Monday, September 19, 2005

A Review of "Blue Like Jazz"

This is a very ‘non-technical’ book review of the book by Donald Miller entitled Blue Like Jazz.
If you are looking for a review that will parse Miller’s theology, this is not the review for you  While I will deal with some of that in a general way, that is not the point of his book, nor is it the point of my review here.  Since this is my first book review anyway, (my Harry Potter approval excepted) this will be unpolished, non-scholarly, and therefore, perhaps, it may be actually useful to you.

Let me first tell you my motivation for reading this book.  I read this book because a good many other people are reading this book.  I like to be “in the know” on such things.  I want to read what other Christians, and especially my church members, are reading so that we can talk about the good and the bad.  There is my motivation.  I have no agenda with Donald Miller.  I had not even heard of him before I read this book.

Blue Like Jazz is basically a book about Miller’s life and how it has been shaped by his Christian experience.  It is written like a conversation.  Almost as if you were sitting with Miller, and I want to call him Don because I know so much about him now, and having coffee and he was telling you about himself.  If this helps, I would personally be alright with that conversation.  

The thing that I admire about Miller is that he tries very hard not to be ‘judgmental’ of people.  He enjoys hanging out with ‘fruit nut’ types.  (His words, not mine.)  He likes artists, weirdoes, and hippy types, and he seeks to cultivate genuine relationships with them.  He even spent time at Reed, which is like the revolutionist, hippy, ‘fruit nut’ Mecca.  His stories are hilarious, and often touching.  I could relate to much of what he said.  

In his relationships, Miller seeks to ‘share Christ’ by sharing himself.  (My words, not his.)  He cannot stand ‘selling Jesus’ as one would sell something on an infomercial.  He wants to be authentic, understanding, compassionate, and he wants to be himself.  In his writing, he is extremely self-depreciating in a very likable way.  It’s hard not to like the guy.

Here is the issue with Jazz that I think is worth talking about.  Miller want to reach the ‘fruit nuts’ of the world by loving them.  I think that he is right about that.  If his book is accurate, he seems to have seen some success in that area.  (He is a member of the Imago-Dei Church, about which I know nothing other than was Miller wrote about in his book.  Perhaps an enlightened reader can help me here.)  But here is the catch for me personally, and here is the area with which I struggle:  How long can we be engaged with ‘fruit nuts’ before we have to talk about sin?  It’s easy to be friends with people as long as you do not assert truth with a capital “T”.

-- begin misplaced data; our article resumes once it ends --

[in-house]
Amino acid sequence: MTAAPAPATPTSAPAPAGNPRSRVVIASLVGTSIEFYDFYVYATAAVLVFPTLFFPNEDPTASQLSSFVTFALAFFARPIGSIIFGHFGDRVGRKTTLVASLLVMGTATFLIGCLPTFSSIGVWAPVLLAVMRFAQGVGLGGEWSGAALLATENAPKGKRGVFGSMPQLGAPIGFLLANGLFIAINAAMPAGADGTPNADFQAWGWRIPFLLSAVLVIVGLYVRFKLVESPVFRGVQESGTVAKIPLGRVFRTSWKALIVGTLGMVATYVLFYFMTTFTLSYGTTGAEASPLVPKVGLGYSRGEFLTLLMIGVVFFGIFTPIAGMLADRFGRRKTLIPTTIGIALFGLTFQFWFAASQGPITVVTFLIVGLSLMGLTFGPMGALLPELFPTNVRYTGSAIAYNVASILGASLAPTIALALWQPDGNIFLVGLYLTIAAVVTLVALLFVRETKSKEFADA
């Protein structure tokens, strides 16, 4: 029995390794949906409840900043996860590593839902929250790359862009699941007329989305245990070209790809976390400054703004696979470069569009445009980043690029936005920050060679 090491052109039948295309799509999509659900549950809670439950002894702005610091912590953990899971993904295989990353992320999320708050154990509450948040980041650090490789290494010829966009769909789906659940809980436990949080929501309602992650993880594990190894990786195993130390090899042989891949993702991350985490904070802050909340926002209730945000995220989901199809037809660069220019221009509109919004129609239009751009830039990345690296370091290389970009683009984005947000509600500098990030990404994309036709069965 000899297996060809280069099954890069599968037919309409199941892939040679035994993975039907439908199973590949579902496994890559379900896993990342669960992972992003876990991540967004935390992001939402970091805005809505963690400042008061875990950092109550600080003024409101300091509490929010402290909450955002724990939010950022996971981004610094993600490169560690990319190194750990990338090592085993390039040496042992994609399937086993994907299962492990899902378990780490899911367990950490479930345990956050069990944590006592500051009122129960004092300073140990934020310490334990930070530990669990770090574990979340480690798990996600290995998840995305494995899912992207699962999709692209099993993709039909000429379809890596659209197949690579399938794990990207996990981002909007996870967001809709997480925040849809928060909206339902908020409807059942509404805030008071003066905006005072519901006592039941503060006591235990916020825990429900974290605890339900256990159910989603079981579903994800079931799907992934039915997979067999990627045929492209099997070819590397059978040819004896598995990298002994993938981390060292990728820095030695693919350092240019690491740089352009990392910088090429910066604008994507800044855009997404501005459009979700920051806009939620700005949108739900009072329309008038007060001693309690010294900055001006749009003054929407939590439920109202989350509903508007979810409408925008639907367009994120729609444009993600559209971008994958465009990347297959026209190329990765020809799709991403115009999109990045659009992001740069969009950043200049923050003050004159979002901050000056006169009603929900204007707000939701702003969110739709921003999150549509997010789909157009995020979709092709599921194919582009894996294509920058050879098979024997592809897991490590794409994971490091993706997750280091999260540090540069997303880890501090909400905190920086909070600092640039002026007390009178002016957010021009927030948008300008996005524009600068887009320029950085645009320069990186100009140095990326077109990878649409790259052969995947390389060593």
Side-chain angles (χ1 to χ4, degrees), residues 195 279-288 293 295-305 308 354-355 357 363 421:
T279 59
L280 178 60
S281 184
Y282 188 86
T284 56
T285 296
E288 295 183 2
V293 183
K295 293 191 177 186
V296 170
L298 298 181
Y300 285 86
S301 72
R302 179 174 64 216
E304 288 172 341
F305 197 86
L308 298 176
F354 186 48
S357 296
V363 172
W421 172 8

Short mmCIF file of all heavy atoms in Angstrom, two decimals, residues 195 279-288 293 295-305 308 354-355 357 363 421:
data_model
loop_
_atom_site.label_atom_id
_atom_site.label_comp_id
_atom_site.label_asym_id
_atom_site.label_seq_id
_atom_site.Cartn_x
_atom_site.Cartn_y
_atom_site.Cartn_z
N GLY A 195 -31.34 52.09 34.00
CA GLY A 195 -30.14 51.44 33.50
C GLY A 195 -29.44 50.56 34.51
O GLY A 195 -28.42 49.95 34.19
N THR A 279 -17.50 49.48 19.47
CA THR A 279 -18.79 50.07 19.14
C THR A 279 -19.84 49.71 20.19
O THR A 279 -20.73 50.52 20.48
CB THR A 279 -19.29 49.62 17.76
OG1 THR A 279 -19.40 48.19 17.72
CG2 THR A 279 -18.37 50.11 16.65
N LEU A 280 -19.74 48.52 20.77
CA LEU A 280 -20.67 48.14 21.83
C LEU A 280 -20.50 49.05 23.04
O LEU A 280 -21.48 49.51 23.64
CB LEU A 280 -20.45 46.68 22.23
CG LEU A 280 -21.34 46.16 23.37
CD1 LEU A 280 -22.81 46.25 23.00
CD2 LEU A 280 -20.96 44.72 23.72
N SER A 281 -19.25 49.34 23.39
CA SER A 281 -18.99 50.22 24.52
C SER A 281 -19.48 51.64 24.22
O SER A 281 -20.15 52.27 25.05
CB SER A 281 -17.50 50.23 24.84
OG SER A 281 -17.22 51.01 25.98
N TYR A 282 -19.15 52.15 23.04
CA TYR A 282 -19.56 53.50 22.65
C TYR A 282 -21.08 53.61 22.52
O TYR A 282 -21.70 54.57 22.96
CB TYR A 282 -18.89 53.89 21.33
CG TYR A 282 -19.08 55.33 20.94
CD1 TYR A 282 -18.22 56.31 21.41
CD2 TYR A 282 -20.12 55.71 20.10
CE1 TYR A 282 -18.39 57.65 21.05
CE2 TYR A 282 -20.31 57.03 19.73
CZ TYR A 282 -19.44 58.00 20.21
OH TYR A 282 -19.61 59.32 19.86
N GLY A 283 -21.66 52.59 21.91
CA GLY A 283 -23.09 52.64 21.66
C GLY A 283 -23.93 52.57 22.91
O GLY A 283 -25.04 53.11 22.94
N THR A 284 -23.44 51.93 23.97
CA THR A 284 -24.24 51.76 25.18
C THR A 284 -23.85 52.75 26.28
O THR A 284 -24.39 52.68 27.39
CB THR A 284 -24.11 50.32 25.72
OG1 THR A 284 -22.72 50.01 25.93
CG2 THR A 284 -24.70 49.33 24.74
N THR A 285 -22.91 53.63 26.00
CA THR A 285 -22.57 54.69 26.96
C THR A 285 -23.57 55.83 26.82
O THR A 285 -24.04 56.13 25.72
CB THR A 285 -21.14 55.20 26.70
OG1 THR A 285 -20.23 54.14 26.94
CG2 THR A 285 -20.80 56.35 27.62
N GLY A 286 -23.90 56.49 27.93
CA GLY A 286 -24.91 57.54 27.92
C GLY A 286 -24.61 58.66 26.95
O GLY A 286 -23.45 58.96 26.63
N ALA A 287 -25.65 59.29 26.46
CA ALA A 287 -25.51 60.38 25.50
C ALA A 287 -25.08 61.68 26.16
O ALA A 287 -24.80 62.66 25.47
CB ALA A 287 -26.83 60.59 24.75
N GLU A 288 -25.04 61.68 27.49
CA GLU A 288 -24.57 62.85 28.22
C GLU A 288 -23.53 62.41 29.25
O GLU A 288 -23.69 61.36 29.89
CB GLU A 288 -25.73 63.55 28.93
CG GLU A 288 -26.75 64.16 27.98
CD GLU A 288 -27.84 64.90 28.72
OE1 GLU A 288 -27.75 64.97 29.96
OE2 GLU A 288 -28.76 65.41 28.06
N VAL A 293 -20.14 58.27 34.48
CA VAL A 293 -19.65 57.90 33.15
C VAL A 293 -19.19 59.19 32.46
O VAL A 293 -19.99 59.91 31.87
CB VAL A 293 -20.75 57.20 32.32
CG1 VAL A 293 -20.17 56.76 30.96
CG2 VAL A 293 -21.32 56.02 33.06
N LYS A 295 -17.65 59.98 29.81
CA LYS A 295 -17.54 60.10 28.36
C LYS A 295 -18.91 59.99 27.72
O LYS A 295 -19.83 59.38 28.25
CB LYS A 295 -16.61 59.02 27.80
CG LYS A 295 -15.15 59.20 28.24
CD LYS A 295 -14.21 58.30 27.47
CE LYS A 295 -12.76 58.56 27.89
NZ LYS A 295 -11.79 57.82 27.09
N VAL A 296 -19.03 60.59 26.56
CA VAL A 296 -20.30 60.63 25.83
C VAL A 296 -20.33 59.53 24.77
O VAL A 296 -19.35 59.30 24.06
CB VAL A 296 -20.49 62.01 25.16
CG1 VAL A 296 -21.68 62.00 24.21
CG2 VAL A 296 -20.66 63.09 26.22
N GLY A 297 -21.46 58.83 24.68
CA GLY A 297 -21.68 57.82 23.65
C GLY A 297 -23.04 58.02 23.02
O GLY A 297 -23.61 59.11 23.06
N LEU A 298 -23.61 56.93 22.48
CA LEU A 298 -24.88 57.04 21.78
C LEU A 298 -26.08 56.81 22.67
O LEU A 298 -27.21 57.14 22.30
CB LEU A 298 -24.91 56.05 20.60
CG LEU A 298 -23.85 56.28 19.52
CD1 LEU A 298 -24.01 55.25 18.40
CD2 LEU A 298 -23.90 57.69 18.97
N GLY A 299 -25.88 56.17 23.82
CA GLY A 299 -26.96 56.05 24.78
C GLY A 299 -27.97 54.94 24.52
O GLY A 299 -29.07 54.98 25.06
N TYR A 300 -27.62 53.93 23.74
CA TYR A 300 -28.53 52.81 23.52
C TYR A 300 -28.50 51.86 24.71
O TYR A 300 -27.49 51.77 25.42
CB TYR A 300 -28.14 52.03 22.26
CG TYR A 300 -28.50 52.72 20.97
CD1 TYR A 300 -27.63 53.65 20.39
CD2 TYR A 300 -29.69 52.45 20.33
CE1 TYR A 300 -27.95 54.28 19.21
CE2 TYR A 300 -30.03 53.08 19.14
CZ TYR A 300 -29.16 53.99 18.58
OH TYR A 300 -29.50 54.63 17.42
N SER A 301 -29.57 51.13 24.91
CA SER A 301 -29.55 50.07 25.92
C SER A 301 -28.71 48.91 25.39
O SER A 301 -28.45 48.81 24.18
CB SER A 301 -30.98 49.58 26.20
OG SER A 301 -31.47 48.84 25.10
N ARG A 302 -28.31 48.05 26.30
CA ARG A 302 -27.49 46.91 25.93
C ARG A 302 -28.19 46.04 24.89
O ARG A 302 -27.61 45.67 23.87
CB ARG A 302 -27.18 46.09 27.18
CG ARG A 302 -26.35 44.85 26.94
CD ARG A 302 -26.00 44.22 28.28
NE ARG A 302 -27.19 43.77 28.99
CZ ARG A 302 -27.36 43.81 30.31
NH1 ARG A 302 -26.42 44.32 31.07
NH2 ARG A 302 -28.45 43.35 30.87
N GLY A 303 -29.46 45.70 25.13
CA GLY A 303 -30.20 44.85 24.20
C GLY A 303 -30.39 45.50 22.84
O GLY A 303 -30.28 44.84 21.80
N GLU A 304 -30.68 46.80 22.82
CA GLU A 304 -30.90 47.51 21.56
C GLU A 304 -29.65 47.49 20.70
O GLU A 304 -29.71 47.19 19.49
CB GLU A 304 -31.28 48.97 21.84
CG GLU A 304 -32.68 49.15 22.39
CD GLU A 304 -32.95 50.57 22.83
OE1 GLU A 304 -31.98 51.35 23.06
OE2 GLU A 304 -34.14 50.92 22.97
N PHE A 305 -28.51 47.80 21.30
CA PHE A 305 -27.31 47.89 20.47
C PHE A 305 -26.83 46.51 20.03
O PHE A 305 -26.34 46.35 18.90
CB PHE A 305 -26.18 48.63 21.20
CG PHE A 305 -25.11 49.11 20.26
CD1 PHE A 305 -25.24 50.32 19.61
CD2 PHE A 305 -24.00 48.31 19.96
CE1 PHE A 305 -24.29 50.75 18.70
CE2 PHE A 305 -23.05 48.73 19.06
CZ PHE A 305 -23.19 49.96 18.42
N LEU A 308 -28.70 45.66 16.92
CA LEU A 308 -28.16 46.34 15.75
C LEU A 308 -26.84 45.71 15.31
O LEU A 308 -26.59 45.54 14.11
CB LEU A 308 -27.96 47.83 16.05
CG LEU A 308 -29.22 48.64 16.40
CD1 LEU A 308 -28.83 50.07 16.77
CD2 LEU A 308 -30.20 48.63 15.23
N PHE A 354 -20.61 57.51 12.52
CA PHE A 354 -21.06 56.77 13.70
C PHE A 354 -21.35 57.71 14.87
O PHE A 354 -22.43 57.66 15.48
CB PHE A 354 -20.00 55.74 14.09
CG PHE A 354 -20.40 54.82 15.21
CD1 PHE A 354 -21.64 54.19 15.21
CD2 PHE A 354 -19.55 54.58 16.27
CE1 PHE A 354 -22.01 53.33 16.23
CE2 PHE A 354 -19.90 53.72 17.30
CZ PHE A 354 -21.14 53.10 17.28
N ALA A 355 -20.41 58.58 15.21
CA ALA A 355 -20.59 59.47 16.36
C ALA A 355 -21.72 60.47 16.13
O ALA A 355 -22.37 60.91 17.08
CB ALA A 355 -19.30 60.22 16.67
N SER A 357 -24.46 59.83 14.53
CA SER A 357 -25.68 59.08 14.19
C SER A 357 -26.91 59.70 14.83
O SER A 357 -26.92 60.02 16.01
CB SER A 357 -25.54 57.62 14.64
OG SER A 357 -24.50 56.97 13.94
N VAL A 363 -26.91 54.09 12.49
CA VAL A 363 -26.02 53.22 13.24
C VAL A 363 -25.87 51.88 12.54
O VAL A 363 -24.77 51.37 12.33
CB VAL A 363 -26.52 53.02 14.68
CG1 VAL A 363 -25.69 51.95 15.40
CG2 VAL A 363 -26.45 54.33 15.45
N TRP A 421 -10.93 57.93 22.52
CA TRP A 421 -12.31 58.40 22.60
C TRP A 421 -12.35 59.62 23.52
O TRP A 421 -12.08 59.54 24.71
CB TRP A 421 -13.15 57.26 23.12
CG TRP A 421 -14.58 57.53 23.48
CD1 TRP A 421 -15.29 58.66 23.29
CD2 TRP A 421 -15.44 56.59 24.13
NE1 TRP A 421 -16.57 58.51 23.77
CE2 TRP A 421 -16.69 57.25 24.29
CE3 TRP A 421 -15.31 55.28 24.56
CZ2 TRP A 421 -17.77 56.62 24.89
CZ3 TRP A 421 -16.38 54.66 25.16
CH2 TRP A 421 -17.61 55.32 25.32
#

I think that Miller feels the same tension.  This is evident in the fact that the people who he likes the least are Fundamentalists.  (Though I think he would like me.  I am pretty charming, once you get to know me.)  He doesn’t like Fundies because of the rules.  He has a pretty big disdain for rules.  He equates fundamentalists with rules and legalism, not doctrine and love for God.  He views fundamentalists as a people who offer only a conditional love.  That is, they love you only as long as you toe the party line by keeping the rules, once you break those rules the love is withdrawn: the rules such as smoking, drinking beer, dancing (in some circles), watching rated-R movies, and cussing.  You can’t win the fruit nuts if you aren’t willing to put up with a little cussing and beer drinking and pipe smoking.  You even have to be patient with fornicators.  

Admittedly, the man has a point (not so much about having to put up with sin, but that we have to pointedly and tangibly love those who are not Christians).  I know that my fundamentalist friends just passed out, but that’s okay.  When you wake up and read the rest you’ll feel better.  We have to love the ‘fruit nuts’, and we must treat people outside the church with redeeming grace. They just can not stay fruit nuts.  (Being non-fruit nut does not mean becoming a voting Republican.)  They have to become people in pursuit of God, through Jesus Christ, and they have to have a zealous pursuit of godliness.  This is something that only the Holy Spirit can bring about.  Rules just won’t cut it.